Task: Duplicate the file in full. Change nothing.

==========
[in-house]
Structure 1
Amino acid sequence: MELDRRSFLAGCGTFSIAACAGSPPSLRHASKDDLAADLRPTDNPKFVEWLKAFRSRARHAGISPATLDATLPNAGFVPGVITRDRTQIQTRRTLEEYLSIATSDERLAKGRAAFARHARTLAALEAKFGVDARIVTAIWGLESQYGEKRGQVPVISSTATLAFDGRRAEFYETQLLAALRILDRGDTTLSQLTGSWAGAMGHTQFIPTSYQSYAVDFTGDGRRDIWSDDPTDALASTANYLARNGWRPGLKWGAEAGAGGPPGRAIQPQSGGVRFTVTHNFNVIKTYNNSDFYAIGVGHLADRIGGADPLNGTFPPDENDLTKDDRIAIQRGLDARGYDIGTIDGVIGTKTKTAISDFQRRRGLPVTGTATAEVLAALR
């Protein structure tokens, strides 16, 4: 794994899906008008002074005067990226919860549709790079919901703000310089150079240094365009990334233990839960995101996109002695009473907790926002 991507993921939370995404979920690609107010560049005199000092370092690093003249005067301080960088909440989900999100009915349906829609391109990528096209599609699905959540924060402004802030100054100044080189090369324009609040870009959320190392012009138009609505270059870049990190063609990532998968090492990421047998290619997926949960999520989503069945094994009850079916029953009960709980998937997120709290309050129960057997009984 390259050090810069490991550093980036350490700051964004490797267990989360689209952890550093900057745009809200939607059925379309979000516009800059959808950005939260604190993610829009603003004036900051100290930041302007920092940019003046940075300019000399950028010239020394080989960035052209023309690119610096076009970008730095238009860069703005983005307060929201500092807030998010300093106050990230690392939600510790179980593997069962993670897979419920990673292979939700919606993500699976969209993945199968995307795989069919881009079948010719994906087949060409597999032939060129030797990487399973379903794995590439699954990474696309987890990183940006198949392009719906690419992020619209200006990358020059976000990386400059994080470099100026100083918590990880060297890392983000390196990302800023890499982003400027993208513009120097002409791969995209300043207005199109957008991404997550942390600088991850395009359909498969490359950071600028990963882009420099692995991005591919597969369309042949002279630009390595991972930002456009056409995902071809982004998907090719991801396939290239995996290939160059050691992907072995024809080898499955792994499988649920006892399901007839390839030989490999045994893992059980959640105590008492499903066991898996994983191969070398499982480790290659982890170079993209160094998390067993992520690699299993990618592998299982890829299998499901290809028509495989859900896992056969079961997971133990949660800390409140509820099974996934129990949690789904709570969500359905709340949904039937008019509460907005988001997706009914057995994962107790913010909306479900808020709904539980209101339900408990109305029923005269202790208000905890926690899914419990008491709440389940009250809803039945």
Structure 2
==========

[in-house]
Structure 1
Amino acid sequence: MELDRRSFLAGCGTFSIAACAGSPPSLRHASKDDLAADLRPTDNPKFVEWLKAFRSRARHAGISPATLDATLPNAGFVPGVITRDRTQIQTRRTLEEYLSIATSDERLAKGRAAFARHARTLAALEAKFGVDARIVTAIWGLESQYGEKRGQVPVISSTATLAFDGRRAEFYETQLLAALRILDRGDTTLSQLTGSWAGAMGHTQFIPTSYQSYAVDFTGDGRRDIWSDDPTDALASTANYLARNGWRPGLKWGAEAGAGGPPGRAIQPQSGGVRFTVTHNFNVIKTYNNSDFYAIGVGHLADRIGGADPLNGTFPPDENDLTKDDRIAIQRGLDARGYDIGTIDGVIGTKTKTAISDFQRRRGLPVTGTATAEVLAALR
């Protein structure tokens, strides 16, 4: 794994899906008008002074005067990226919860549709790079919901703000310089150079240094365009990334233990839960995101996109002695009473907790926002 991507993921939370995404979920690609107010560049005199000092370092690093003249005067301080960088909440989900999100009915349906829609391109990528096209599609699905959540924060402004802030100054100044080189090369324009609040870009959320190392012009138009609505270059870049990190063609990532998968090492990421047998290619997926949960999520989503069945094994009850079916029953009960709980998937997120709290309050129960057997009984 390259050090810069490991550093980036350490700051964004490797267990989360689209952890550093900057745009809200939607059925379309979000516009800059959808950005939260604190993610829009603003004036900051100290930041302007920092940019003046940075300019000399950028010239020394080989960035052209023309690119610096076009970008730095238009860069703005983005307060929201500092807030998010300093106050990230690392939600510790179980593997069962993670897979419920990673292979939700919606993500699976969209993945199968995307795989069919881009079948010719994906087949060409597999032939060129030797990487399973379903794995590439699954990474696309987890990183940006198949392009719906690419992020619209200006990358020059976000990386400059994080470099100026100083918590990880060297890392983000390196990302800023890499982003400027993208513009120097002409791969995209300043207005199109957008991404997550942390600088991850395009359909498969490359950071600028990963882009420099692995991005591919597969369309042949002279630009390595991972930002456009056409995902071809982004998907090719991801396939290239995996290939160059050691992907072995024809080898499955792994499988649920006892399901007839390839030989490999045994893992059980959640105590008492499903066991898996994983191969070398499982480790290659982890170079993209160094998390067993992520690699299993990618592998299982890829299998499901290809028509495989859900896992056969079961997971133990949660800390409140509820099974996934129990949690789904709570969500359905709340949904039937008019509460907005988001997706009914057995994962107790913010909306479900808020709904539980209101339900408990109305029923005269202790208000905890926690899914419990008491709440389940009250809803039945």
Structure 2